The U.S.’s decision to not extend Iran sanctions waivers, including the one provided to India, has notable implications for India-U.S. relations, given the importance of New Delhi’s energy relationship with Tehran.

 Deleterious Development in bilateral ties

1.Economic Sector

  • It comes on the heels of many other deleterious developments for bilateral ties including the U.S.’s decision to withdraw GSP benefits for Indian exports (in retaliation for Indian tariffs that the U.S. deemed to be prohibitively high) and the Trump administration’s discontent deepening over India’s policies on e-commerce, intellectual property rights and data localisation.
  • These India-U.S. trade and economic tensions aren’t new; the non-security dimension of the relationship has long lagged behind the fast-growing defence side.

Reactions by both sides

  • Both sides have played down these differences and offered reassuring data points:
  • India will scale up oil imports from other top producers;
  • the GSP withdrawal will have minimal impact on India’s economy;
  • the two capitals are working actively on high levels,
  • Most recently through the U.S.-India CEO Forum and the India-U.S. Commercial Dialogue, to ease tensions; and above all the strength of the bilateral relationship can easily withstand all these headaches.

Concerns

  1. long-standing disconnects –  A full-fledged strategic partnership, which both countries endorse, will be difficult to achieve amid such multiple and long-standing disconnects on the trade and economic side.

2. One-sided relationship – Indeed, if bilateral ties are largely driven by technology transfers, arms sales, joint exercises, and foundational agreements on defence, this amounts to a deep but one-sided security relationship, and not a robust and multifaceted strategic partnership.

4.Difficulty in transition – Still, so long as the non-security nuisances affect the bilateral relationship, the shift from a strong security relationship to a bonafide strategic partnership will be difficult.

5. The difference from other partners – After all, one rarely hears complaints or concerns about trade and economic matters in the U.S.’s relations with the U.K., Australia, or Israel, some of its other strategic partners.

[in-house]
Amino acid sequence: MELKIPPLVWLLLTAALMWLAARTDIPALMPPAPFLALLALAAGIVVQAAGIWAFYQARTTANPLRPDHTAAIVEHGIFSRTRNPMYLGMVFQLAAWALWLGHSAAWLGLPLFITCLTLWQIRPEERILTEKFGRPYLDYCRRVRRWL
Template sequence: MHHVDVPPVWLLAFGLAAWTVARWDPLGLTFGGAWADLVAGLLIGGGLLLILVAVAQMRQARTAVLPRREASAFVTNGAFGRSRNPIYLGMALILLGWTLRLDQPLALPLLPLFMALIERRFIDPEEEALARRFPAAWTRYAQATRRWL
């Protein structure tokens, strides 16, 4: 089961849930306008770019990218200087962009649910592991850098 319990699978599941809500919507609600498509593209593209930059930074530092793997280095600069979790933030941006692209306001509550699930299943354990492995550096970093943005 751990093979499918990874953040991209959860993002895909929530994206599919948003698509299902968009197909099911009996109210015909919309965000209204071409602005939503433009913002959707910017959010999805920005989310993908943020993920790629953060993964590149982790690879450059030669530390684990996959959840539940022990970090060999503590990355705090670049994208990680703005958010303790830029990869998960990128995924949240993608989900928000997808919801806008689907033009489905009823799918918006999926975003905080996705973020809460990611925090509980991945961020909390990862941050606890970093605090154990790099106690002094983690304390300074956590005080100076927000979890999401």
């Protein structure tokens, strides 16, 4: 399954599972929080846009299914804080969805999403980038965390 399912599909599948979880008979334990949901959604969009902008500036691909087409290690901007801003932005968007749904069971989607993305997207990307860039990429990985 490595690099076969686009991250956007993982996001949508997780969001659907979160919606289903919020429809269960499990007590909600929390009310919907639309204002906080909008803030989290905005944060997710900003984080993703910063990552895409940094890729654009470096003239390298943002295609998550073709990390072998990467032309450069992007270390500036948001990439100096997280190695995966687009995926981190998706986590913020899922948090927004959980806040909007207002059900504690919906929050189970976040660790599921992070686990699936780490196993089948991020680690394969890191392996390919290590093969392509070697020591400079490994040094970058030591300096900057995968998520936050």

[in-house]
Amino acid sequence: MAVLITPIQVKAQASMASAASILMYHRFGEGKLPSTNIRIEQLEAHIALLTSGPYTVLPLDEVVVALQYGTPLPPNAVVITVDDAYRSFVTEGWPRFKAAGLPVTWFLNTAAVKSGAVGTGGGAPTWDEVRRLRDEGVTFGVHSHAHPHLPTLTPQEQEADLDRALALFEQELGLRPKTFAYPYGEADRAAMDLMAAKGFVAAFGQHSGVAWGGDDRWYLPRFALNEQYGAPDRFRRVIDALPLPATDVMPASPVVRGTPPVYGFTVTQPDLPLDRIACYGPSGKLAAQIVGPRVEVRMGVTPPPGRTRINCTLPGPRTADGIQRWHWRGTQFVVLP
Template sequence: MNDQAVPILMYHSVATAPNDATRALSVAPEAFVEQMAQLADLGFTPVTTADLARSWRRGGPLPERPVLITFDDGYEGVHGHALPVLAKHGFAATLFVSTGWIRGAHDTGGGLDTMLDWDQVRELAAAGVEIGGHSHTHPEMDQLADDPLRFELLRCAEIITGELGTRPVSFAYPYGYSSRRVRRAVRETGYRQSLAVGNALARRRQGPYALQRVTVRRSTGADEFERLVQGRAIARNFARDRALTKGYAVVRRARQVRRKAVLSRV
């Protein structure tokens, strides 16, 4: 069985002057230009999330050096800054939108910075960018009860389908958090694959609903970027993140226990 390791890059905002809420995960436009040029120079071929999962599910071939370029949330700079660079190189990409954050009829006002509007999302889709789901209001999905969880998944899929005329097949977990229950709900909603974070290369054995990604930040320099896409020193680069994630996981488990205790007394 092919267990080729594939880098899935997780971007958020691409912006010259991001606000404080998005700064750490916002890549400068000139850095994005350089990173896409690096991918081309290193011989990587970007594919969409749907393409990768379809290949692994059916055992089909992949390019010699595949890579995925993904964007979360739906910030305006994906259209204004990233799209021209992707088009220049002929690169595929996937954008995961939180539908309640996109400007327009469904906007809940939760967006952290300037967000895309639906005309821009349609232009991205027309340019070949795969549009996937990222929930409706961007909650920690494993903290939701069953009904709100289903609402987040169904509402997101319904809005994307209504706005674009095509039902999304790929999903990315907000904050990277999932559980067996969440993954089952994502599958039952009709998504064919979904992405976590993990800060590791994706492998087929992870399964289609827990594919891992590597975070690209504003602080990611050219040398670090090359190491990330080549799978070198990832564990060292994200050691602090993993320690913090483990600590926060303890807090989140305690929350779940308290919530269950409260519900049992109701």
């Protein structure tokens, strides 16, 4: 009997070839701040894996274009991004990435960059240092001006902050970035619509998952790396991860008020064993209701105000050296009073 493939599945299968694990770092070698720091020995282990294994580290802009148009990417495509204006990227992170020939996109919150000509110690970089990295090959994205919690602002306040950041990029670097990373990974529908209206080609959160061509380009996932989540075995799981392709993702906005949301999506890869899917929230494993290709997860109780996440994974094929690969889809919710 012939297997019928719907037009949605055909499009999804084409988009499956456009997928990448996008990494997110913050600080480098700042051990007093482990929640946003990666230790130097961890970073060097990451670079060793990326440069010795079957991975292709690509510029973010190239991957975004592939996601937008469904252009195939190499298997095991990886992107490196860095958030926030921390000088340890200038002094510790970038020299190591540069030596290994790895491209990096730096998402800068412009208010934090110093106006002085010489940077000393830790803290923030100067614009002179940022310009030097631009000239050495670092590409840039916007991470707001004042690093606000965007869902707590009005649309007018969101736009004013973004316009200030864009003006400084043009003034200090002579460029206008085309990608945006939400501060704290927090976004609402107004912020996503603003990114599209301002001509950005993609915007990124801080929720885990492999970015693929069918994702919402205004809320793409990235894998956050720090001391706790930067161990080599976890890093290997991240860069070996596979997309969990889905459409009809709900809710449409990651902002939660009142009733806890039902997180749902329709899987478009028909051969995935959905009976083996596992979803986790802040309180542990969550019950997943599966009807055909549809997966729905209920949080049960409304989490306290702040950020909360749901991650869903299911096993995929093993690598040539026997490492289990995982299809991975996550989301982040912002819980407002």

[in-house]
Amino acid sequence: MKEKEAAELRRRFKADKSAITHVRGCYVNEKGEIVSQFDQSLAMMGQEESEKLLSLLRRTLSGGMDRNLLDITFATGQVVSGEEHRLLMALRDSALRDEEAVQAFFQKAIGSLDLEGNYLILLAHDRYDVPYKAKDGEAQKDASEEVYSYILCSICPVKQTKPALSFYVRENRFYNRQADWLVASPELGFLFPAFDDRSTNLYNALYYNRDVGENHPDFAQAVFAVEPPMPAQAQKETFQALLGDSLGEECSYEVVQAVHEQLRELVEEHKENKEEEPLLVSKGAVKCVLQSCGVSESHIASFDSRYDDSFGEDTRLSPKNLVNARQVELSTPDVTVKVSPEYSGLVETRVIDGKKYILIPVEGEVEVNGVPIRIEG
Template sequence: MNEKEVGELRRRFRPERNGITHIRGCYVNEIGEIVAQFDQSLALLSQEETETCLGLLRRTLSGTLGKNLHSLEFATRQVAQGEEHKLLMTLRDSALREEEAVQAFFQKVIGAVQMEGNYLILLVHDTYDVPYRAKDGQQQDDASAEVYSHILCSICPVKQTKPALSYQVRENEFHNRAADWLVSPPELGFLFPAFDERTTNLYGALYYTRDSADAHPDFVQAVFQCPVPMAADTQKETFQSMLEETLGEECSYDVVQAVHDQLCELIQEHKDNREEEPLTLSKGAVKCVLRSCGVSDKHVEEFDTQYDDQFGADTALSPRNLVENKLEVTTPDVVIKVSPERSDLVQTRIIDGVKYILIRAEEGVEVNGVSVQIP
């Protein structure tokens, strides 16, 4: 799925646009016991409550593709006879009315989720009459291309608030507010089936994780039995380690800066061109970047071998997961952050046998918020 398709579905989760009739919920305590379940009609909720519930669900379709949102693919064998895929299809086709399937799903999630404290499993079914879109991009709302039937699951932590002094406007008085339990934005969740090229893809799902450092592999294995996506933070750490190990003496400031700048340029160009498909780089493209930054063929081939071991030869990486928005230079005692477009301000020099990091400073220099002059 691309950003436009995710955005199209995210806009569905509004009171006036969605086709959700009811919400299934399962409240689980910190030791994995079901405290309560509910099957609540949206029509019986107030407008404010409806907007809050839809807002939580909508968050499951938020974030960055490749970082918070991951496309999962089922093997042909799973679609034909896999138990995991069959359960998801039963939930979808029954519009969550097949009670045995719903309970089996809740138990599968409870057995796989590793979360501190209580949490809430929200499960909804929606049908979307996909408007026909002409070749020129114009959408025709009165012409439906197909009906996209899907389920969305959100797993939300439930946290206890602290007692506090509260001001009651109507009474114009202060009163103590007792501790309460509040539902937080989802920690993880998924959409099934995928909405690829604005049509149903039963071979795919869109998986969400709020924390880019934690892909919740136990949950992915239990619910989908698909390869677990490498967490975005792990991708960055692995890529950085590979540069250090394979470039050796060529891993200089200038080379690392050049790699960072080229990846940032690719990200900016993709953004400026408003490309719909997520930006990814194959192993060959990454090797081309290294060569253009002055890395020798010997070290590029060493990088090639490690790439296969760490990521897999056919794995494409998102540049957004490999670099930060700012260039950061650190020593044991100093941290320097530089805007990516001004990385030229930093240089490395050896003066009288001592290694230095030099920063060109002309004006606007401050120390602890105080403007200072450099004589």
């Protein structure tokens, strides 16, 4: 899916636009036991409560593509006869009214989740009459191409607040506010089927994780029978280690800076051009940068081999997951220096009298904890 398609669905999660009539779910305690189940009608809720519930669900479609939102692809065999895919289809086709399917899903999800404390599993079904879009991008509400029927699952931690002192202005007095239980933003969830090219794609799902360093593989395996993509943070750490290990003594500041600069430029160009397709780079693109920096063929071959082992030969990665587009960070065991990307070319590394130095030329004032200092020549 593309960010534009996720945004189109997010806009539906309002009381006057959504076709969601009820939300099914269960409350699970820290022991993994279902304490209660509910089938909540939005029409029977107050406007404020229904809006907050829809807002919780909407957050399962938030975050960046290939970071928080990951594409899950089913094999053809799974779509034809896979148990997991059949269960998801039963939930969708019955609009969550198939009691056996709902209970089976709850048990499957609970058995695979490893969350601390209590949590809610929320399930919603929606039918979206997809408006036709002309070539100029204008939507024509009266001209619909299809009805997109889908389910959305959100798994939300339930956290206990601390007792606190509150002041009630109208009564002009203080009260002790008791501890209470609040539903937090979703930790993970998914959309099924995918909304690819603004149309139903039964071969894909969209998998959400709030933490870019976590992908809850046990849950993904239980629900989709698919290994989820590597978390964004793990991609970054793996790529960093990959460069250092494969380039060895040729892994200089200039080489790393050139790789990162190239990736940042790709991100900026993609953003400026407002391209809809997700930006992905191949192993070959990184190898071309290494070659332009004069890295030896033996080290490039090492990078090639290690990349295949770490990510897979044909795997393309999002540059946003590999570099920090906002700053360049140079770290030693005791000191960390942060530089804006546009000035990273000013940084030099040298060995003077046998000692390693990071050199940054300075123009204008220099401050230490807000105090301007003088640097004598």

Way Forward

  • The U.S. and India have long struggled to agree on what a strategic partnership should look like.
  • Still, no matter how it is defined, any strategic partnership must be broad-based, with trust and cooperation present across a wide spectrum of issues and not just limited to close collaborations in the guns-and-bombs category.
  • In this regard, a true strategic partnership remains, at least for now, elusive between India and the U.S.
Foreign Policy Watch: India-United States

Sub-categorization of OBCs

Mains Paper 2 : Government Scheme/Policies |

Note4Students

From UPSC perspective, the following things are important :

Prelims level : Various commissions mentioned in the newscard

Mains level : Sub-categorization of OBCs


News

G. Rohini Commission Recommendations

  • The commission to examine sub-categorization of OBCs is all set to recommend a fixed quota.
  • It is possibly between 8 and 10 per cent of the 27 per cent OBC quota for about 1,900 of the 2,633 castes on the central list.
  • This is the first government-mandated exercise to quantify the skewed flow of benefits among different OBC communities and suggest steps to correct the imbalance.

Why sub-categorization?

  • Presently, half of these 1,900-odd castes have availed less than three per cent of reservation in jobs and education, and the rest availed zero benefits during the last five years.
  • The central government had appointed the Commission under Justice (Retd) G Rohini in October, 2017.
  • Five-year data on OBC quota implementation in central jobs and higher educational institutions showed that a very small section has cornered the lion’s share.
  • A/c to the Commission, the classification is based on relative benefits availed and not relative social backwardness, which involves parameters such as social status, traditional occupations, religion, etc.
  • Using the quantum of benefits enjoyed by different communities to sub-categorise OBCs is a major departure from recommendations of several Commissions in the past.

History of Sub-categorization

  • Till date, sub-categorization of OBCs as recommended by a few Commissions and implemented by some states has all used indicators of social backwardness as the criteria.